We read the headlines. We see the pictures. We hear the stories. Or we avoid all of that and create a lesser story of what is happening in Ukraine as the war with Russia continues - in order to protect our hearts and minds from the reality…the hunger, destruction, fear, foreboding and death.
Jagoda Pasko, individual partner with Be A Hero, called and shared with us the realities in Ukraine. She is currently staying East of Ukraine. “First, we want to thank you for sending the rice meals, helping people to survive. We are working close to the front line in the towns where they are under heavy shelling providing humanitarian aid. We are also trying to evacuate wounded people to hospitals.
“Unfortunately, one of them died on the way. He had bled a lot before we even got him to the car. This is the first time we experienced life and death so close. We are trying to do anything we can here, in any way. We will continue to evacuate people from these danger zones,” she added.
“The situation is really, really bad. There is constant shelling, like private houses of civilian people are being bombed, rockets landing, fields are burning so city’s won’t have their crops,” Pasko continued. “It’s really difficult, so any support is appreciated, and we thank you!”
Those fields, the crops, are people’s livelihood.
It is how they make their living and it’s being taken away.
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Ethel* volunteered at Midwest Mission at a time when one of the seven Ukraine shipments was being prepared to load and ship. She was moved that so much was being done to help and shared why it was so emotional to see. Her daughter-in-law, her son’s wife, is from Ukraine.
They had been living in the states, but Grethen’s* (daughter-in-law) father and mother remained in Ukraine, except for one niece. “When the war started one of her sisters was able to escape with her 16-year-old son, but her husband could not leave the country because he is under 60,” Ethel’s voice cracked with emotion. “He had to stay behind and take care of an aged mother and make molotov cocktails and other homemade bombs to use against the invasion.” Her other sister, Ethel said, stayed behind to try and help get their parents out of the country. They were determined to stay and did.
“But then they ran out of water and had to get it from the fire hydrants and boil it.Then they lost gas. Then they lost electricity. Then they lost food. Then they decided they needed to leave. The daughter who remained was not able to help then. She woke up and Russian troops and tanks were coming into her suburb. She ended up in Budapest, then Germany.”
Eventually the Red Cross (she thinks) was able to get Gretchen’s parents out on a bus at night with no lights, off road.”They got out with what was in their pockets. It was harrowing. Three and four days at a time would go by with silence. There were big blanks in communication because everybody had to go underground.”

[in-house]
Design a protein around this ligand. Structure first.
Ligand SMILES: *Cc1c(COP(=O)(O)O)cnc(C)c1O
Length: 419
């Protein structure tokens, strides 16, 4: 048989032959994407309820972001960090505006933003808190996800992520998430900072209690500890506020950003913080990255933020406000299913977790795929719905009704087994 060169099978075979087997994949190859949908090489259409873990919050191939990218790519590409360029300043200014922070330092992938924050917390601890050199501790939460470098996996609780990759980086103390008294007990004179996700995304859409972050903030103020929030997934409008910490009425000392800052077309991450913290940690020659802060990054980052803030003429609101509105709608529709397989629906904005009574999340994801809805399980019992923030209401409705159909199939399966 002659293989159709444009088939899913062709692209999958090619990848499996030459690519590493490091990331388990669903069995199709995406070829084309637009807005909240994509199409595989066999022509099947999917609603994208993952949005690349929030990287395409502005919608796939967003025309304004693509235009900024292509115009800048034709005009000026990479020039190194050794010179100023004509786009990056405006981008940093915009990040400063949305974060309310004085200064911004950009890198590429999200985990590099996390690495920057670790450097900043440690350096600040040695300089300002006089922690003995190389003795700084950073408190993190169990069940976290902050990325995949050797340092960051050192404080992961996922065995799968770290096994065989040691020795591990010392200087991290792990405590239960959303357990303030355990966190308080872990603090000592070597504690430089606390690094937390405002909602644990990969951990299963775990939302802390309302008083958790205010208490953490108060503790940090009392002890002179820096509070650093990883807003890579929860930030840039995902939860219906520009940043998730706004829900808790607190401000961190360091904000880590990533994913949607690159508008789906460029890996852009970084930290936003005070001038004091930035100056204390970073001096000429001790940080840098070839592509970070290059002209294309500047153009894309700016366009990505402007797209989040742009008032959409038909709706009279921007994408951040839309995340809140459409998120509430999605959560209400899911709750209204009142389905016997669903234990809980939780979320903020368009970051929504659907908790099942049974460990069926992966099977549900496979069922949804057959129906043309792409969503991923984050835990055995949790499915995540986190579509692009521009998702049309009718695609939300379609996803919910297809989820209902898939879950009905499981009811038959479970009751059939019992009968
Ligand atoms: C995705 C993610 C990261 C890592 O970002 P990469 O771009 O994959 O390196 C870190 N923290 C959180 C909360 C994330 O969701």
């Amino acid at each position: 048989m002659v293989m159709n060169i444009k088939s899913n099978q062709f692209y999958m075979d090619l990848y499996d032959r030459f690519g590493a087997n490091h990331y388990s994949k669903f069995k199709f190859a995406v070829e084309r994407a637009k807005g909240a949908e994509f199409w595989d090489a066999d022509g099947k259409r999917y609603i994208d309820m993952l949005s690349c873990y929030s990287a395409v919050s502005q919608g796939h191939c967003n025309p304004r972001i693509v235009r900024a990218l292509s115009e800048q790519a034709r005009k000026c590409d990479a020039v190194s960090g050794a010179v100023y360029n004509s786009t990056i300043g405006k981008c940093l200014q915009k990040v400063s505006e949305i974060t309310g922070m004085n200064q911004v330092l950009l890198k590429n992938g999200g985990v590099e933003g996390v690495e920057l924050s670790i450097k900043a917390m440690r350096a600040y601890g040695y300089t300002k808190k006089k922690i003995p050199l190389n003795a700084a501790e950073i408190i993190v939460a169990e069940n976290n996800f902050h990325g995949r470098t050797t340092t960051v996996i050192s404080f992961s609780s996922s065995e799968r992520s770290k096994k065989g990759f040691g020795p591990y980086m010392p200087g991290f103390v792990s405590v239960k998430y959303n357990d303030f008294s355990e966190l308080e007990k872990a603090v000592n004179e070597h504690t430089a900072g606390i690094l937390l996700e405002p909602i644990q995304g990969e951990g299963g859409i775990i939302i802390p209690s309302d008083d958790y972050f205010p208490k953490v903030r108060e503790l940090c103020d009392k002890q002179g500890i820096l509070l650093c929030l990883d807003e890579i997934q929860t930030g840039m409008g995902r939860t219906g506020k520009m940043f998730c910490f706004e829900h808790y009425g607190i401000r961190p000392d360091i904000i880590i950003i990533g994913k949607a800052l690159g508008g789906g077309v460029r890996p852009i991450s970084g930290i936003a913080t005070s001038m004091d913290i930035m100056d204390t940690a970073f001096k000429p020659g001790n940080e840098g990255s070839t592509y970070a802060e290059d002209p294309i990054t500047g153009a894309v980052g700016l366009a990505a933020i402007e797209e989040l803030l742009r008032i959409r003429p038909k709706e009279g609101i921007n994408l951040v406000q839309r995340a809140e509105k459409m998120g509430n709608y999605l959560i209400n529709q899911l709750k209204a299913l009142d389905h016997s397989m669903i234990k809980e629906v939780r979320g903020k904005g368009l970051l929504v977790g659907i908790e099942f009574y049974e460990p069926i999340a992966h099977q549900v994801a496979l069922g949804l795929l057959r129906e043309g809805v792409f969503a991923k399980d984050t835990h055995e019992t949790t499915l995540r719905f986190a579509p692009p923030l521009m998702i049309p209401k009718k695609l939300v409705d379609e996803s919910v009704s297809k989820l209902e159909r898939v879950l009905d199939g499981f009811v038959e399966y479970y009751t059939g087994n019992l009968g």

Finally, they were able to get them out. The sister who left came back and coordinated everything. They all stayed at Alexis and Gretchen’s house. “It was hard for them though. An adjustment and they missed home.”
Though her Gretchen’s father knew and understood what was happening in Ukraine, he wanted to go back to his home.
“He wanted to tend to his fruit trees, to his home, to the place he had always called home. They did go back, him and his wife.” Ethel’s son, daughter-in-law and niece remain in the US. It’s sad, and is not an isolated situation.
Another volunteer, Elsie*, shared her story, as well. She and her family have hosted a number of foreign exchange students over the years. Twenty years ago the student was a young man from Ukraine. “He was from the East side of Ukraine. He went back, and I was fortunate enough then that I got to go to Ukraine and visit him,” Elsie said. “I was so taken with the country. I got to go into so many of the churches and the people back then were living a pretty good life. They weren’t hungry…they were living a middle class life just like I was accustomed to.”
Alexis* is now married and has two children. “When I heard that all this war broke out, I was really deeply disturbed,” Elsie continued. “We have remained in contact, have visited over the years. He has come here for weddings and holidays, and we consider him family. “Family takes care of family,” she said. He and his family left the Ukraine and he wrote me that they had been in five countries in six days. The picture of the family showed post traumatic stress syndrome (PTSD) on the faces of the children. Alexis has a brother in the states, and their father had a visa to the states, but not their mother. To get the US permit, they needed a sponsor and asked me.”
Elsie said she had to send in her income tax returns, bank statements, social security number and “It was stressful. The most distressing thing about that time was learning of a truckload of immigrants at the border, and they all died. Here I was working myself to death to help one lady come from Ukraine, and at the same time this was happening. The conflict in my mind, I can’t describe it.
“I did get to see Alexis and his family a couple months ago. They came with what they could carry in the backpacks onto the plane and one other suitcase.”
Elsie collected linens from a friend to be used for Alexis’ mother - who did get to leave Ukraine - and family members. “But I sit here still wondering, how can I help those in Ukraine? I’ll be asking that for the rest of my life.” Elsie is in her 80s.
*Names are changed for confidentiality.